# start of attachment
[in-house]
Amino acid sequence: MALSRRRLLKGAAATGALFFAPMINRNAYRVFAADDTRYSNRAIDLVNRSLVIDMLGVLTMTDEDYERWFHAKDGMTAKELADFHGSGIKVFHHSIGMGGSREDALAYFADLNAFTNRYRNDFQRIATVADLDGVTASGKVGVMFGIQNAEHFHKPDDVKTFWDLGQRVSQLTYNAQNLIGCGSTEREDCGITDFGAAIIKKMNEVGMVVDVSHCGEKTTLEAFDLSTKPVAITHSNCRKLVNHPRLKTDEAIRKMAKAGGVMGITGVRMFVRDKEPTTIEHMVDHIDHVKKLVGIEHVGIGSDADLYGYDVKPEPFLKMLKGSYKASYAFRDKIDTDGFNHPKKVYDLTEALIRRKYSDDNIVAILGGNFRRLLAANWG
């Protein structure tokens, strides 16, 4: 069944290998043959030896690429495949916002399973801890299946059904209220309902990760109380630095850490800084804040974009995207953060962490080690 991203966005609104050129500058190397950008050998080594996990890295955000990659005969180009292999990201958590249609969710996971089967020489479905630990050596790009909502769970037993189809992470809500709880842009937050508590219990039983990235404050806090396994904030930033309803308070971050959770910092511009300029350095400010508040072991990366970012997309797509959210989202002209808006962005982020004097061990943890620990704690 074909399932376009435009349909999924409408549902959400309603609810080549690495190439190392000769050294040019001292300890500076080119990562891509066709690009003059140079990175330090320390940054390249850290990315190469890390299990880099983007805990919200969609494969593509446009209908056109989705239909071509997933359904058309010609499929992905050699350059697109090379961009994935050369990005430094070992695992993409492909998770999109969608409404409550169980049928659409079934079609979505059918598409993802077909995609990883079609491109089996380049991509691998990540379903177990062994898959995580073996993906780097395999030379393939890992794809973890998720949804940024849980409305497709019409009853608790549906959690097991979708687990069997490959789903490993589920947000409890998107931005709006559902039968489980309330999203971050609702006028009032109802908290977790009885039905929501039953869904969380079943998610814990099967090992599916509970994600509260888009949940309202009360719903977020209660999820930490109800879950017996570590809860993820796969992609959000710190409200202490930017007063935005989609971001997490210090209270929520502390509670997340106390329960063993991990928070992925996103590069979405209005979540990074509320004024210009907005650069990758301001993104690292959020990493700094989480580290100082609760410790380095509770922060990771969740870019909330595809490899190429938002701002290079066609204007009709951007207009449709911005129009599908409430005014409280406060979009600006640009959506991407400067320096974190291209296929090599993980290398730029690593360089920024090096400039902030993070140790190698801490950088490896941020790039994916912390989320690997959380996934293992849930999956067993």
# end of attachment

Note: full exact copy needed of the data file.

[in-house]
Amino acid sequence: MALSRRRLLKGAAATGALFFAPMINRNAYRVFAADDTRYSNRAIDLVNRSLVIDMLGVLTMTDEDYERWFHAKDGMTAKELADFHGSGIKVFHHSIGMGGSREDALAYFADLNAFTNRYRNDFQRIATVADLDGVTASGKVGVMFGIQNAEHFHKPDDVKTFWDLGQRVSQLTYNAQNLIGCGSTEREDCGITDFGAAIIKKMNEVGMVVDVSHCGEKTTLEAFDLSTKPVAITHSNCRKLVNHPRLKTDEAIRKMAKAGGVMGITGVRMFVRDKEPTTIEHMVDHIDHVKKLVGIEHVGIGSDADLYGYDVKPEPFLKMLKGSYKASYAFRDKIDTDGFNHPKKVYDLTEALIRRKYSDDNIVAILGGNFRRLLAANWG
């Protein structure tokens, strides 16, 4: 069944290998043959030896690429495949916002399973801890299946059904209220309902990760109380630095850490800084804040974009995207953060962490080690 991203966005609104050129500058190397950008050998080594996990890295955000990659005969180009292999990201958590249609969710996971089967020489479905630990050596790009909502769970037993189809992470809500709880842009937050508590219990039983990235404050806090396994904030930033309803308070971050959770910092511009300029350095400010508040072991990366970012997309797509959210989202002209808006962005982020004097061990943890620990704690 074909399932376009435009349909999924409408549902959400309603609810080549690495190439190392000769050294040019001292300890500076080119990562891509066709690009003059140079990175330090320390940054390249850290990315190469890390299990880099983007805990919200969609494969593509446009209908056109989705239909071509997933359904058309010609499929992905050699350059697109090379961009994935050369990005430094070992695992993409492909998770999109969608409404409550169980049928659409079934079609979505059918598409993802077909995609990883079609491109089996380049991509691998990540379903177990062994898959995580073996993906780097395999030379393939890992794809973890998720949804940024849980409305497709019409009853608790549906959690097991979708687990069997490959789903490993589920947000409890998107931005709006559902039968489980309330999203971050609702006028009032109802908290977790009885039905929501039953869904969380079943998610814990099967090992599916509970994600509260888009949940309202009360719903977020209660999820930490109800879950017996570590809860993820796969992609959000710190409200202490930017007063935005989609971001997490210090209270929520502390509670997340106390329960063993991990928070992925996103590069979405209005979540990074509320004024210009907005650069990758301001993104690292959020990493700094989480580290100082609760410790380095509770922060990771969740870019909330595809490899190429938002701002290079066609204007009709951007207009449709911005129009599908409430005014409280406060979009600006640009959506991407400067320096974190291209296929090599993980290398730029690593360089920024090096400039902030993070140790190698801490950088490896941020790039994916912390989320690997959380996934293992849930999956067993």